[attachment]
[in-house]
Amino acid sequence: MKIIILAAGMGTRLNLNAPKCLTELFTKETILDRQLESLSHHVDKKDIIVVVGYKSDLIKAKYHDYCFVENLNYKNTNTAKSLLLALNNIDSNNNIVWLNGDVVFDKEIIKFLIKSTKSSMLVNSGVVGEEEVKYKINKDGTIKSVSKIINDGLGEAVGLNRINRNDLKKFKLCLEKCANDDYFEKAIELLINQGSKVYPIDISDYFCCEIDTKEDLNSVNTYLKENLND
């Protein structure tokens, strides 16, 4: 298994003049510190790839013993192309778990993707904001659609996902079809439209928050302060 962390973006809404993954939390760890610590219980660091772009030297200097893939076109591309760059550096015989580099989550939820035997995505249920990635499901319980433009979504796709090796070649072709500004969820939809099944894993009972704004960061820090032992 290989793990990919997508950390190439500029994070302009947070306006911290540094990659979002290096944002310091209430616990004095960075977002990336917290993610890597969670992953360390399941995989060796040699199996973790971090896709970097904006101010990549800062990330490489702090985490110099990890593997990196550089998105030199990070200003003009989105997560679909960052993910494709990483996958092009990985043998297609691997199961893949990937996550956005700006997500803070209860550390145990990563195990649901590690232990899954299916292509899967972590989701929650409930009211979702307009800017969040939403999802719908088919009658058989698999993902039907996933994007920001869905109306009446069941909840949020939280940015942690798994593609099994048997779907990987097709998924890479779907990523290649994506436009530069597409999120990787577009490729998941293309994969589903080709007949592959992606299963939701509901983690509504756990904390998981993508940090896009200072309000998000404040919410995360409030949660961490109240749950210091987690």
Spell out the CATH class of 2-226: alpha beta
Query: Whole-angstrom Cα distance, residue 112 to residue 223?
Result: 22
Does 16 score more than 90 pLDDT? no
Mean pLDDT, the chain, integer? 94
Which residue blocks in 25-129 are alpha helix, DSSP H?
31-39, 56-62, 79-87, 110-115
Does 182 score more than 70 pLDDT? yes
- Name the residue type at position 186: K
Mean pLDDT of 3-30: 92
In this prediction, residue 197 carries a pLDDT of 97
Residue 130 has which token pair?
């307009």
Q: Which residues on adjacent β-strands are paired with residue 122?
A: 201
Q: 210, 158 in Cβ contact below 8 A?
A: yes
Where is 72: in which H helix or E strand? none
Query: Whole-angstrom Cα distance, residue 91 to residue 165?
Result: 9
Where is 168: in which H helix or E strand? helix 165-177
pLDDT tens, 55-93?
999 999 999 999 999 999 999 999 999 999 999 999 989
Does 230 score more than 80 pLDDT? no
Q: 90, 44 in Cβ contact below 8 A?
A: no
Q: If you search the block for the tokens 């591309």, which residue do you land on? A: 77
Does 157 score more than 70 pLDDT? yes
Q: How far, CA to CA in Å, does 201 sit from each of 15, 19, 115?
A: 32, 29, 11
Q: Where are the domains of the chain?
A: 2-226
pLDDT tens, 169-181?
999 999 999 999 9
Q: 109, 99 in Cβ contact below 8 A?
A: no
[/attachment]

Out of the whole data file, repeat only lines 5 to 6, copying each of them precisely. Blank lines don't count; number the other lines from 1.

Query: Whole-angstrom Cα distance, residue 112 to residue 223?
Result: 22